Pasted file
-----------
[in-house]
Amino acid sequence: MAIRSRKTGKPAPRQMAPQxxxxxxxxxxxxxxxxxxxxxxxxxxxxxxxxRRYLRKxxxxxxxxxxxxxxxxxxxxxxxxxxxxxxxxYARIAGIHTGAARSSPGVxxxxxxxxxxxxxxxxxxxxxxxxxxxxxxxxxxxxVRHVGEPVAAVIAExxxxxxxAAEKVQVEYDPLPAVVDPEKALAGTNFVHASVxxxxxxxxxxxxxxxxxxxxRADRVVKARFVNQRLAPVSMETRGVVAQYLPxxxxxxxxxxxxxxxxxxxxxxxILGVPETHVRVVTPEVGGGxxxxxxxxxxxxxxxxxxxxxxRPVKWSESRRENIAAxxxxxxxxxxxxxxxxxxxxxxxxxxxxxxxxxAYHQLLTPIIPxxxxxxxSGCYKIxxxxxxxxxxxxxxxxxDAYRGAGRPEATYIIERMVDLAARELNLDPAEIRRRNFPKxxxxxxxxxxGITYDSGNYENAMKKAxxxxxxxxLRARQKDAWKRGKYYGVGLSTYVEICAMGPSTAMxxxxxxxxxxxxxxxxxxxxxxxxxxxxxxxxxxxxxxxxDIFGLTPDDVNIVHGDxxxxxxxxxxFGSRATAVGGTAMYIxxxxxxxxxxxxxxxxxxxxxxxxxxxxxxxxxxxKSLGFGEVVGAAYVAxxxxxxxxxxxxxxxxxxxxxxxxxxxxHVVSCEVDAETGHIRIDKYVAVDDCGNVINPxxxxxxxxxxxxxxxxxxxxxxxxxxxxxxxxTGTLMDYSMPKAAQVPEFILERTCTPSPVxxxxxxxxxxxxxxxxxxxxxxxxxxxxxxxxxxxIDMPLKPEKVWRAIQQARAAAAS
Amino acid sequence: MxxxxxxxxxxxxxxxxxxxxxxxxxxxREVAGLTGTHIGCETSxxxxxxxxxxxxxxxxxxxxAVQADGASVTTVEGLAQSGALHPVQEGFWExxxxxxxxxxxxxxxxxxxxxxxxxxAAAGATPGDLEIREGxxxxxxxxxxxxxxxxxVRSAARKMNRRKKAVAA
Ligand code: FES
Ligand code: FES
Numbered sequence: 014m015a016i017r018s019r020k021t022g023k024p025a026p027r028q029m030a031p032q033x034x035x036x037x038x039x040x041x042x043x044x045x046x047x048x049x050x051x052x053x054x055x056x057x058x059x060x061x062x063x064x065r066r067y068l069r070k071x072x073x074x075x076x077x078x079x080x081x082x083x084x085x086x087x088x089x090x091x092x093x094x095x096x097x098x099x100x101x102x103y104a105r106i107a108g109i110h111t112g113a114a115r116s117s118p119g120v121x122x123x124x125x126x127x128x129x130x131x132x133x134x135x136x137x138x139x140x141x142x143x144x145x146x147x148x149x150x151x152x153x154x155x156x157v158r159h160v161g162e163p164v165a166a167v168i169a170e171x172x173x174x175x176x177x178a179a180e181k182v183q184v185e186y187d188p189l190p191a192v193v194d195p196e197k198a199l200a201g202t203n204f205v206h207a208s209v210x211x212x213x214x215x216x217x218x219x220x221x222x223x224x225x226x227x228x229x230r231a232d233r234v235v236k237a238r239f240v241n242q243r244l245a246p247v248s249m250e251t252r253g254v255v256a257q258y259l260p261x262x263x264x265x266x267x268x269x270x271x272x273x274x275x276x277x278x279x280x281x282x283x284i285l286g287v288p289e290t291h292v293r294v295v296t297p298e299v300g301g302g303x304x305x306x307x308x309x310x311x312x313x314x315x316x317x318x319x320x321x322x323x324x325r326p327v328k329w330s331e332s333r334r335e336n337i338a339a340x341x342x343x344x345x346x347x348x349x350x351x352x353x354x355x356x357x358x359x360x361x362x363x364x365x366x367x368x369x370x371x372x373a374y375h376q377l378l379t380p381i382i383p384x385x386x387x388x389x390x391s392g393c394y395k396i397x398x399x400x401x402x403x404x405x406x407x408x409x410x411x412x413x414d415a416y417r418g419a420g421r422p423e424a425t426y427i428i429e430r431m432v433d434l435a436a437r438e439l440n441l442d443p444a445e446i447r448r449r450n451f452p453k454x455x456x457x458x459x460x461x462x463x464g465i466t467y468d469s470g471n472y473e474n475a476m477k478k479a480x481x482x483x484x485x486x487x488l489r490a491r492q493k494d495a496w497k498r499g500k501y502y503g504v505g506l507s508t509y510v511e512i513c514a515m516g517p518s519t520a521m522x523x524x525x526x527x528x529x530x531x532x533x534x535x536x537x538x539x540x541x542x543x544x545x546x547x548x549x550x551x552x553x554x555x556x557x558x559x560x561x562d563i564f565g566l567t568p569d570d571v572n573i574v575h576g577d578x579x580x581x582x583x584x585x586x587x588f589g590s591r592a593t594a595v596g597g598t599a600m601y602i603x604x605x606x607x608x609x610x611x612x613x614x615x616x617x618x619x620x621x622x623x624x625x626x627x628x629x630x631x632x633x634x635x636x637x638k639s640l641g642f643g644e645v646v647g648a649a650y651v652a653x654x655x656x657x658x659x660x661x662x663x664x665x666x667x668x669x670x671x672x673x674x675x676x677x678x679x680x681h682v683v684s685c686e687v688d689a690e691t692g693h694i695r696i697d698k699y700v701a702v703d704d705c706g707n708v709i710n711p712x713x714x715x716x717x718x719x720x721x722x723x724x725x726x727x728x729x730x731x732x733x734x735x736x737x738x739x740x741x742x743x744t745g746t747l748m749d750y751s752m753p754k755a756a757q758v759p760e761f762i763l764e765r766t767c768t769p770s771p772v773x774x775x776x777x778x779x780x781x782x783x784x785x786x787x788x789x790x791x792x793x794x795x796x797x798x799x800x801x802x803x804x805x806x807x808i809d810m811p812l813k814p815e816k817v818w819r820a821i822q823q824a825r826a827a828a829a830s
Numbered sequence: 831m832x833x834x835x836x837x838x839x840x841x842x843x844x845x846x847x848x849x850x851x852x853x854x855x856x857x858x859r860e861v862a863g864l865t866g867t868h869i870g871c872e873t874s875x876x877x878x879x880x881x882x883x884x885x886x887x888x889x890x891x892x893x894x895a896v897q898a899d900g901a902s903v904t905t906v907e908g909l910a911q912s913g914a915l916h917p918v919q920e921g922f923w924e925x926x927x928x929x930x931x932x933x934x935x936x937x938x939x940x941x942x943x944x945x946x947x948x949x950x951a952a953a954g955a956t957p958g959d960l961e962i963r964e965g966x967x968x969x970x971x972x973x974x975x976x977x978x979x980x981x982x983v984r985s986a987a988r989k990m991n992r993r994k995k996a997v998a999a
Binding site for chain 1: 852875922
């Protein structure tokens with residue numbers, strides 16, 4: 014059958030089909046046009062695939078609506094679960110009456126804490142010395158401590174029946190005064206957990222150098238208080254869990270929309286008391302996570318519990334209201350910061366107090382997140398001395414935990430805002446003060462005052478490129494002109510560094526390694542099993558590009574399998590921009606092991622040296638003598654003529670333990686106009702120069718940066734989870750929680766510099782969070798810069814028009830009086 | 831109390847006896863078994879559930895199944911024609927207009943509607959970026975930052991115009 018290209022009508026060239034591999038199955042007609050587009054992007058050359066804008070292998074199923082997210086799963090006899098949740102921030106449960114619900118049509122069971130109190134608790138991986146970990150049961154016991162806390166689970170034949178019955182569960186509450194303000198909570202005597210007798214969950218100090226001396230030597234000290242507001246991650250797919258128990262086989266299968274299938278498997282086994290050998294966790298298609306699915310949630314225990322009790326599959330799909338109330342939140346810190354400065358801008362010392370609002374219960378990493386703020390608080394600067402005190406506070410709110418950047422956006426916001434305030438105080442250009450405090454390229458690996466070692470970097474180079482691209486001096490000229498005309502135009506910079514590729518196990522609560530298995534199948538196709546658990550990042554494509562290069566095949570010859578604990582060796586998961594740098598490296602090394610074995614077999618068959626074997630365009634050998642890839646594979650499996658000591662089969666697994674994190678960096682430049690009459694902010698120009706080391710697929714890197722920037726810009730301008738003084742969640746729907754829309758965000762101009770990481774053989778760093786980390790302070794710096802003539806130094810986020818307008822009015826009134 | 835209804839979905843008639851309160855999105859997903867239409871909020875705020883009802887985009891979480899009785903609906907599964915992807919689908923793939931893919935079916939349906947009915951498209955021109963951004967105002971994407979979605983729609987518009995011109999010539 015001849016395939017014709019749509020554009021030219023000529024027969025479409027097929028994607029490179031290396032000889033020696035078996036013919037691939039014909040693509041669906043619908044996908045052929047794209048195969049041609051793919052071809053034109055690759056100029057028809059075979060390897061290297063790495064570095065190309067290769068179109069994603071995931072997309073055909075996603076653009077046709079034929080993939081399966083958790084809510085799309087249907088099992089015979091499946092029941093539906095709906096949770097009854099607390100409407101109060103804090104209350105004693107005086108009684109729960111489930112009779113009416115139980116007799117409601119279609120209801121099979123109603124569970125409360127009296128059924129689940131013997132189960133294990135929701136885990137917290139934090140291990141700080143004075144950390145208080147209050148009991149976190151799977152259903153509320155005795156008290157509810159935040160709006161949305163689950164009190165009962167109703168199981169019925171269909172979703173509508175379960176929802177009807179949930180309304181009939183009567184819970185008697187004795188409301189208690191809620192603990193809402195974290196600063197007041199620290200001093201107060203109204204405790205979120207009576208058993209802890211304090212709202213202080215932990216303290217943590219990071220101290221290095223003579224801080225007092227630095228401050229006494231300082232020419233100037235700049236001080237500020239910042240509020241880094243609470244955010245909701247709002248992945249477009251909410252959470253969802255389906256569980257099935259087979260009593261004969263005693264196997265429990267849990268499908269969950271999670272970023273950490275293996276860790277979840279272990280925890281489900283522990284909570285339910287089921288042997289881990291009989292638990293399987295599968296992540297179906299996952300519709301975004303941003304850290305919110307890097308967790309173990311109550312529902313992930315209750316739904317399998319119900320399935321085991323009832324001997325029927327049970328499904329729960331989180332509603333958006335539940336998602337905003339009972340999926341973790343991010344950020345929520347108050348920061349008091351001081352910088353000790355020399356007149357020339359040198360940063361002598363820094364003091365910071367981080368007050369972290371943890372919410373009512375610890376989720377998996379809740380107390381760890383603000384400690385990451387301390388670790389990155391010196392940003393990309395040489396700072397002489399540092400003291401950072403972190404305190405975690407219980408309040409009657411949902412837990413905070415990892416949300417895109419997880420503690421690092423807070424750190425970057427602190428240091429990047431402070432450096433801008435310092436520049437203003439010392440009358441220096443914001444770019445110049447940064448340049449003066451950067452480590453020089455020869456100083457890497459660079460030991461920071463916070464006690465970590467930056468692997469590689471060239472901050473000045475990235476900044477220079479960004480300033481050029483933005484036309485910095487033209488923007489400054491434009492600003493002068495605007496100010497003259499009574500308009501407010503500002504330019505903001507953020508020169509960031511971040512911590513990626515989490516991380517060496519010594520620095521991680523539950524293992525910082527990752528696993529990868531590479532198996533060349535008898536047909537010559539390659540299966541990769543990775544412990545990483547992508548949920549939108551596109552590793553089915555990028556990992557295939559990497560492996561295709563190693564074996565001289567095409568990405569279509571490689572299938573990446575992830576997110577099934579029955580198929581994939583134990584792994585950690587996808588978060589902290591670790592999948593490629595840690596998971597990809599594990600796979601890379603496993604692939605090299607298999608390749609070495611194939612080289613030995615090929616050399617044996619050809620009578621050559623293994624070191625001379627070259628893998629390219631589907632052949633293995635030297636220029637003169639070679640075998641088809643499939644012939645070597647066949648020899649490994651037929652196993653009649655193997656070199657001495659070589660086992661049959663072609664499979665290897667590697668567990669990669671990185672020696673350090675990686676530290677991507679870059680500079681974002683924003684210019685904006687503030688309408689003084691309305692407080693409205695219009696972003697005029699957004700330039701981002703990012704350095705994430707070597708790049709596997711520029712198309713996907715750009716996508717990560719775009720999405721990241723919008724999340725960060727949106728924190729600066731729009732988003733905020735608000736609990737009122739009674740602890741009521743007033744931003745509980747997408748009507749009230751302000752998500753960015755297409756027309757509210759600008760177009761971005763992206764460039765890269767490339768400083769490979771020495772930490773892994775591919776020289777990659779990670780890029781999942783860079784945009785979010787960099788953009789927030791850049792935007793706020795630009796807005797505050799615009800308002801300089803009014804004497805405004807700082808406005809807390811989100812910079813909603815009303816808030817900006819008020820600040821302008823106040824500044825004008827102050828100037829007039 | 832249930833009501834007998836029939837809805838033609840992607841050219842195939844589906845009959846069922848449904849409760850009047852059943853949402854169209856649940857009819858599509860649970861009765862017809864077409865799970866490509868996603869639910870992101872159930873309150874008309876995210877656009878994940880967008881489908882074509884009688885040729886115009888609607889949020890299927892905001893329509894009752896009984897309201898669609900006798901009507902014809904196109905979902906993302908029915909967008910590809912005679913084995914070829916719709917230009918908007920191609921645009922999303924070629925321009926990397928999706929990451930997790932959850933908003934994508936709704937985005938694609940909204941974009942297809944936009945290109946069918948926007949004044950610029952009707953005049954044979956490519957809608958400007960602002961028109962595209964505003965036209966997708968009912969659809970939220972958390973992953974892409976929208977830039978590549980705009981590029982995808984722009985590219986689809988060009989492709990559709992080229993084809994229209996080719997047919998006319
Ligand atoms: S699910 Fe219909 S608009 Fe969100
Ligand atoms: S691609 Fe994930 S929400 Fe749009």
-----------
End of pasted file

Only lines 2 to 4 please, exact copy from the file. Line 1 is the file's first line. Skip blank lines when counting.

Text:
Amino acid sequence: MAIRSRKTGKPAPRQMAPQxxxxxxxxxxxxxxxxxxxxxxxxxxxxxxxxRRYLRKxxxxxxxxxxxxxxxxxxxxxxxxxxxxxxxxYARIAGIHTGAARSSPGVxxxxxxxxxxxxxxxxxxxxxxxxxxxxxxxxxxxxVRHVGEPVAAVIAExxxxxxxAAEKVQVEYDPLPAVVDPEKALAGTNFVHASVxxxxxxxxxxxxxxxxxxxxRADRVVKARFVNQRLAPVSMETRGVVAQYLPxxxxxxxxxxxxxxxxxxxxxxxILGVPETHVRVVTPEVGGGxxxxxxxxxxxxxxxxxxxxxxRPVKWSESRRENIAAxxxxxxxxxxxxxxxxxxxxxxxxxxxxxxxxxAYHQLLTPIIPxxxxxxxSGCYKIxxxxxxxxxxxxxxxxxDAYRGAGRPEATYIIERMVDLAARELNLDPAEIRRRNFPKxxxxxxxxxxGITYDSGNYENAMKKAxxxxxxxxLRARQKDAWKRGKYYGVGLSTYVEICAMGPSTAMxxxxxxxxxxxxxxxxxxxxxxxxxxxxxxxxxxxxxxxxDIFGLTPDDVNIVHGDxxxxxxxxxxFGSRATAVGGTAMYIxxxxxxxxxxxxxxxxxxxxxxxxxxxxxxxxxxxKSLGFGEVVGAAYVAxxxxxxxxxxxxxxxxxxxxxxxxxxxxHVVSCEVDAETGHIRIDKYVAVDDCGNVINPxxxxxxxxxxxxxxxxxxxxxxxxxxxxxxxxTGTLMDYSMPKAAQVPEFILERTCTPSPVxxxxxxxxxxxxxxxxxxxxxxxxxxxxxxxxxxxIDMPLKPEKVWRAIQQARAAAAS
Amino acid sequence: MxxxxxxxxxxxxxxxxxxxxxxxxxxxREVAGLTGTHIGCETSxxxxxxxxxxxxxxxxxxxxAVQADGASVTTVEGLAQSGALHPVQEGFWExxxxxxxxxxxxxxxxxxxxxxxxxxAAAGATPGDLEIREGxxxxxxxxxxxxxxxxxVRSAARKMNRRKKAVAA
Ligand code: FES